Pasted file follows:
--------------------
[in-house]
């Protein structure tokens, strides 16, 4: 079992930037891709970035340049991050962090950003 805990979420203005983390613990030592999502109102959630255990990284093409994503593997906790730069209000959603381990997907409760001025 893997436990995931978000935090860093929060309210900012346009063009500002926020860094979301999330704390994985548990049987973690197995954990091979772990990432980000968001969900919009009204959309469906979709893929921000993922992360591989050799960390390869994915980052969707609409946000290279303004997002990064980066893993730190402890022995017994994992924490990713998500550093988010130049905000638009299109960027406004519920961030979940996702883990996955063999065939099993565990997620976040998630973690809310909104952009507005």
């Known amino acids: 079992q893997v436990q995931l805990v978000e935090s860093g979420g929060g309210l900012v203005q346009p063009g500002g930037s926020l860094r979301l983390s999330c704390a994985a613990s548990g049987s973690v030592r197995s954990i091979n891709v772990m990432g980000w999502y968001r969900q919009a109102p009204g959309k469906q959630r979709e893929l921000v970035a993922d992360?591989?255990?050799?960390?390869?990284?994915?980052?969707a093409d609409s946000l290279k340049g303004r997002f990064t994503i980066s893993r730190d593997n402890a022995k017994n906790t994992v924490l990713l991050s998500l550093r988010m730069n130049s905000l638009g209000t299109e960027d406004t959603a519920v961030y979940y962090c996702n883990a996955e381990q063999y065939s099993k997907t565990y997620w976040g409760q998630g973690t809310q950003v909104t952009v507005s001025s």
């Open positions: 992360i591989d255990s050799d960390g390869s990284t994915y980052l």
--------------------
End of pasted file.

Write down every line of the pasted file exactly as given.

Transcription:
[in-house]
């Protein structure tokens, strides 16, 4: 079992930037891709970035340049991050962090950003 805990979420203005983390613990030592999502109102959630255990990284093409994503593997906790730069209000959603381990997907409760001025 893997436990995931978000935090860093929060309210900012346009063009500002926020860094979301999330704390994985548990049987973690197995954990091979772990990432980000968001969900919009009204959309469906979709893929921000993922992360591989050799960390390869994915980052969707609409946000290279303004997002990064980066893993730190402890022995017994994992924490990713998500550093988010130049905000638009299109960027406004519920961030979940996702883990996955063999065939099993565990997620976040998630973690809310909104952009507005």
């Known amino acids: 079992q893997v436990q995931l805990v978000e935090s860093g979420g929060g309210l900012v203005q346009p063009g500002g930037s926020l860094r979301l983390s999330c704390a994985a613990s548990g049987s973690v030592r197995s954990i091979n891709v772990m990432g980000w999502y968001r969900q919009a109102p009204g959309k469906q959630r979709e893929l921000v970035a993922d992360?591989?255990?050799?960390?390869?990284?994915?980052?969707a093409d609409s946000l290279k340049g303004r997002f990064t994503i980066s893993r730190d593997n402890a022995k017994n906790t994992v924490l990713l991050s998500l550093r988010m730069n130049s905000l638009g209000t299109e960027d406004t959603a519920v961030y979940y962090c996702n883990a996955e381990q063999y065939s099993k997907t565990y997620w976040g409760q998630g973690t809310q950003v909104t952009v507005s001025s």
């Open positions: 992360i591989d255990s050799d960390g390869s990284t994915y980052l």